What Is Frequency Scaling?

T.S. Adams

A computer's "brain" is its central processing unit (CPU). In ordinary operation, the CPU processes all operations for the computer, allowing programs to run and the operating system to function. CPUs vary in their speed and efficiency. The primary determinant for the performance of a computer's CPU is the clock speed of the CPU unit, which measures the number of basic arithmetic operations — addition, subtraction, multiplication, or division — it can perform each second. Frequency scaling is the most basic way to eke more performance from a processor; by increasing the clock frequency, which is the speed at which the CPU runs, the computer's performance will also increase.

A dual core CPU mounted to a motherboard.
A dual core CPU mounted to a motherboard.

Until recently, with the advent of multi-core processors, frequency scaling was the most elementary way to garner additional performance for new processor models. Older processors used to run at a below 1.0GHz in speed. Now, processors commonly run at speeds greater than 2.0GHz, with some topping the 3.0GHz mark. On paper, a 3.0GHz CPU "looks" faster than a 2.0GHz CPU, but in the real world, the overall performance of the computer is determined by an aggregate of all its parts. In other words, if both the 2.0GHz and 3.0GHz computers contain the same type of memory, the same motherboard, and so forth, the weakest link in the chain can "bottleneck" the computer, preventing it from optimizing all 3.0GHz.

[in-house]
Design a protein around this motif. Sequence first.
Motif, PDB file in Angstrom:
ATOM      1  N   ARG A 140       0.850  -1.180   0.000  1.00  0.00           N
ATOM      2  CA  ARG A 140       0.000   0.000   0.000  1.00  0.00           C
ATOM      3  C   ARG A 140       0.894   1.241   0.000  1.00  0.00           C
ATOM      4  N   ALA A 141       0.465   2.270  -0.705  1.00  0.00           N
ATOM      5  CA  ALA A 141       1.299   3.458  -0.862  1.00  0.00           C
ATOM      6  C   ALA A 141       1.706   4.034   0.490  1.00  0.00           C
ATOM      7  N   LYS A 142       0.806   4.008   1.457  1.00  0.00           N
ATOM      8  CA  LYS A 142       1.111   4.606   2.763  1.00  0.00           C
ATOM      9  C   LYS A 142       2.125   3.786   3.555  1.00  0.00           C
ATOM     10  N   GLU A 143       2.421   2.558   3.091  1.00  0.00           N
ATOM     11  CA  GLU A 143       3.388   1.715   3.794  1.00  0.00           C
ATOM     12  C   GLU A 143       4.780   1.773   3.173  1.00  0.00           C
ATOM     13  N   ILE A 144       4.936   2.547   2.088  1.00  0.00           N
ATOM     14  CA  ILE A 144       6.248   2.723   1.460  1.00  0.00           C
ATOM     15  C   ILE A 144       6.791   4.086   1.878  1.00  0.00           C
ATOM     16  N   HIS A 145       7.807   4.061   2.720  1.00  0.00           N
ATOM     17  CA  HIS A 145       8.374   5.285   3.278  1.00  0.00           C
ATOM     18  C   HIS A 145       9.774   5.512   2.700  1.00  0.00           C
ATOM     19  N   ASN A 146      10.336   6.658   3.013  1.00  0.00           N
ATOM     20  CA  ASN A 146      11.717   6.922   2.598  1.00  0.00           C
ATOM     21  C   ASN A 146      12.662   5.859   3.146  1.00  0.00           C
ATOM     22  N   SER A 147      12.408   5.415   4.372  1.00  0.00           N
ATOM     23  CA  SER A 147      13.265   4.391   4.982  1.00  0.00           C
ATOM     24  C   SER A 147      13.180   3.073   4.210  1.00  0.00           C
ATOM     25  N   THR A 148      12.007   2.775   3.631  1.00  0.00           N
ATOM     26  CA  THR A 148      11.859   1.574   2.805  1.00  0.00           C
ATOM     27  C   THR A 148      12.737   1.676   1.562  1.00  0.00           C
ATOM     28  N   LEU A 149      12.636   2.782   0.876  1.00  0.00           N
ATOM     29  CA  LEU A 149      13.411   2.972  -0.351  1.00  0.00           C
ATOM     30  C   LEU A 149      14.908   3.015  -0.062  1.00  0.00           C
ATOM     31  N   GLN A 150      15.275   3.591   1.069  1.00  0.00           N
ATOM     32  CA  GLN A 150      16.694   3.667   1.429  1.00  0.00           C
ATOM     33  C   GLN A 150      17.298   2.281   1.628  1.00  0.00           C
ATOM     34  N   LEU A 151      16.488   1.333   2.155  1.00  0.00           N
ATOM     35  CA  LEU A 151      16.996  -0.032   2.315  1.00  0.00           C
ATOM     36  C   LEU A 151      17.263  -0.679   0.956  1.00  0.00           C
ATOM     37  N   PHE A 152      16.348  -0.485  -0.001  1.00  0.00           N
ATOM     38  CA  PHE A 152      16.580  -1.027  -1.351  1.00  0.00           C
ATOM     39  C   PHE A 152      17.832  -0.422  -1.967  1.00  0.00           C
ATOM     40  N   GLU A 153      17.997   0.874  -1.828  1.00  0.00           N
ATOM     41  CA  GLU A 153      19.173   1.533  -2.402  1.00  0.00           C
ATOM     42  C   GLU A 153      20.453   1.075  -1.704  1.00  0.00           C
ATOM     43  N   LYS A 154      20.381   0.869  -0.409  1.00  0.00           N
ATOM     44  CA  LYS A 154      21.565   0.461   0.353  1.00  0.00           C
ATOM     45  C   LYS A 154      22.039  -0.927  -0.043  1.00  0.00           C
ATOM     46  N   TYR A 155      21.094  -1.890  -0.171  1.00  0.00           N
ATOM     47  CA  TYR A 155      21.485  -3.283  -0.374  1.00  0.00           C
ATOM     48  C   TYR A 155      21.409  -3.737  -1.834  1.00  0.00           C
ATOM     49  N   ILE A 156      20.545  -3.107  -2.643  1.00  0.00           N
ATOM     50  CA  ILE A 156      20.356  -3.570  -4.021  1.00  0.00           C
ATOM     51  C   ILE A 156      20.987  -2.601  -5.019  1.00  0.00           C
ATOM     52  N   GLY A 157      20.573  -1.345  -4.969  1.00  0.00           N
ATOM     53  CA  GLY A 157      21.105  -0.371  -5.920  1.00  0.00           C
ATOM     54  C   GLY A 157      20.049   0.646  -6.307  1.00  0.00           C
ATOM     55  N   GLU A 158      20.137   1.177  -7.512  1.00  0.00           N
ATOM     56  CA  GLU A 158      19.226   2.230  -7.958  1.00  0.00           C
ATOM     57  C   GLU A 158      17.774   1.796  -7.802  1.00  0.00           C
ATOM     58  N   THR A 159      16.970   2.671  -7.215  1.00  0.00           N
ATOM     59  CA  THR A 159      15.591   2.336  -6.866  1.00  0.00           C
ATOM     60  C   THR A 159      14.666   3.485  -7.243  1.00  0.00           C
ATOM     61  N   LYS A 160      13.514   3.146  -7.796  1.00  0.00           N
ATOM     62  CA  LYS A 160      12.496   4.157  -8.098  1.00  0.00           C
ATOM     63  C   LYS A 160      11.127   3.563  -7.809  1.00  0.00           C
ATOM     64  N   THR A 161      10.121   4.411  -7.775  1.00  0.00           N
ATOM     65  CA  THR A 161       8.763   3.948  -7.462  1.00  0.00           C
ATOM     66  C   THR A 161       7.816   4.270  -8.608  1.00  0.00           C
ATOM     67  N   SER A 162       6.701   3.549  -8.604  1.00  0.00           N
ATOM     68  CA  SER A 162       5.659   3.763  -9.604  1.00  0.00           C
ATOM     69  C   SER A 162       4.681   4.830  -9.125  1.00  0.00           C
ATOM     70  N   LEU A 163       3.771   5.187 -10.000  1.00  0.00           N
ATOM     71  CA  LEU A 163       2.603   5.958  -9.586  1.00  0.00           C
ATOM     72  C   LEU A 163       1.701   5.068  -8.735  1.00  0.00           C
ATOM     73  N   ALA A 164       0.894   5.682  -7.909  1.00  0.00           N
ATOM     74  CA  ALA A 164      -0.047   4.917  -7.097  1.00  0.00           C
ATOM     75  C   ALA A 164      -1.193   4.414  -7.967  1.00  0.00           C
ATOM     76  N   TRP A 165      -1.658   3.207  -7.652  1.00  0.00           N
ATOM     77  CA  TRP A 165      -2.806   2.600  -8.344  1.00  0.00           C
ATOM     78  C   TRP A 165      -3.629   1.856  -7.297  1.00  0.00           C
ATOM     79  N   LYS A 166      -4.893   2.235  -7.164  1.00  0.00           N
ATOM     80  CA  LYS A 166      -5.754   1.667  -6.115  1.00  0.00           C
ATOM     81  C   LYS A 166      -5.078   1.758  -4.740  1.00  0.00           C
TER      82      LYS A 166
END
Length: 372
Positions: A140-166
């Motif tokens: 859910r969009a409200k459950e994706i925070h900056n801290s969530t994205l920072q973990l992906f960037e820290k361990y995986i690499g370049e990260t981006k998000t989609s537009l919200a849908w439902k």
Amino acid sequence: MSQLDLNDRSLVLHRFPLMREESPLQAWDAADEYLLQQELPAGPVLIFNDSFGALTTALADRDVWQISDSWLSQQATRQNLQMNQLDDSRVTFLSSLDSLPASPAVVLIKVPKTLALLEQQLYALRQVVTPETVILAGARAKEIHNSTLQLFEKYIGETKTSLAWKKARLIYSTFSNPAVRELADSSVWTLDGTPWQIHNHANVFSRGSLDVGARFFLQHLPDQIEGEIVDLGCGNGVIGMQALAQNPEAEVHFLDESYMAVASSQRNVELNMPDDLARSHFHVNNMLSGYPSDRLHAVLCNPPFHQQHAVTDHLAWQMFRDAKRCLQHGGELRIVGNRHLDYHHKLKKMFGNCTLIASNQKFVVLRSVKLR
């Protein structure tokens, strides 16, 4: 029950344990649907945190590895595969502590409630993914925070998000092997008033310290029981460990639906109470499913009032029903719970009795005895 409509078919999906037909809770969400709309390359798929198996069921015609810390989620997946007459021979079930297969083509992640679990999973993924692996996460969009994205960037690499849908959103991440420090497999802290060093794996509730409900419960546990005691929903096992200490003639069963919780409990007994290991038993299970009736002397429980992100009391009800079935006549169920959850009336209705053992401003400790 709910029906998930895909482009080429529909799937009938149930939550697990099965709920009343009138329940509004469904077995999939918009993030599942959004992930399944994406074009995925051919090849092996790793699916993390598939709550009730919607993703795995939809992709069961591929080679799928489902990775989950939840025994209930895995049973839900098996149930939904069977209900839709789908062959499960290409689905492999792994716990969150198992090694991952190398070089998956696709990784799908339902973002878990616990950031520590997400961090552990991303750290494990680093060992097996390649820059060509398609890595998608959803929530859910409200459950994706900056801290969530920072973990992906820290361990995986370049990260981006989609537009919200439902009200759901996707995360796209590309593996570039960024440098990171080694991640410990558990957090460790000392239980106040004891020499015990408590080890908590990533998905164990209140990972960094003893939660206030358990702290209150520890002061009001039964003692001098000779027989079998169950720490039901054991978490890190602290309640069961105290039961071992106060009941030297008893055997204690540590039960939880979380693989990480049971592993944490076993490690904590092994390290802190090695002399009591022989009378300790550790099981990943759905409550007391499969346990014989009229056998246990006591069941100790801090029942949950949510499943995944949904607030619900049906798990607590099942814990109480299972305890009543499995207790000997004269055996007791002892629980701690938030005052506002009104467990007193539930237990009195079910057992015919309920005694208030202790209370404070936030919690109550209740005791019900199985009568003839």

Although it might seem as though frequency scaling has no ceiling, that is not the case. Increasing the clock speed of a CPU increases heat production in the unit; over time, this extra heat acts to degrade the circuitry, causing the processor to malfunction or fail. This places a very real ceiling on the maximum speed of commercial processors, limiting the speeds at which processors can be built.

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Increasing CPU performance in the absence of frequency scaling requires more innovative solutions; CPU manufacturers can no longer simply "turn the volume up" to elicit more performance. To work around these limits, CPU manufacturers have designed multi-core CPU solutions. By placing more than one CPU core on a chip, the effective speed of the processor is doubled. However, unlike frequency scaling, whose performance boosts apply equally across the board, this places the onus on computer software designers. Unless software designers specifically tailor a program to use two or more CPU cores, the extra benefit is lost, making frequency scaling one of the purest ways of increasing performance on a CPU chip.

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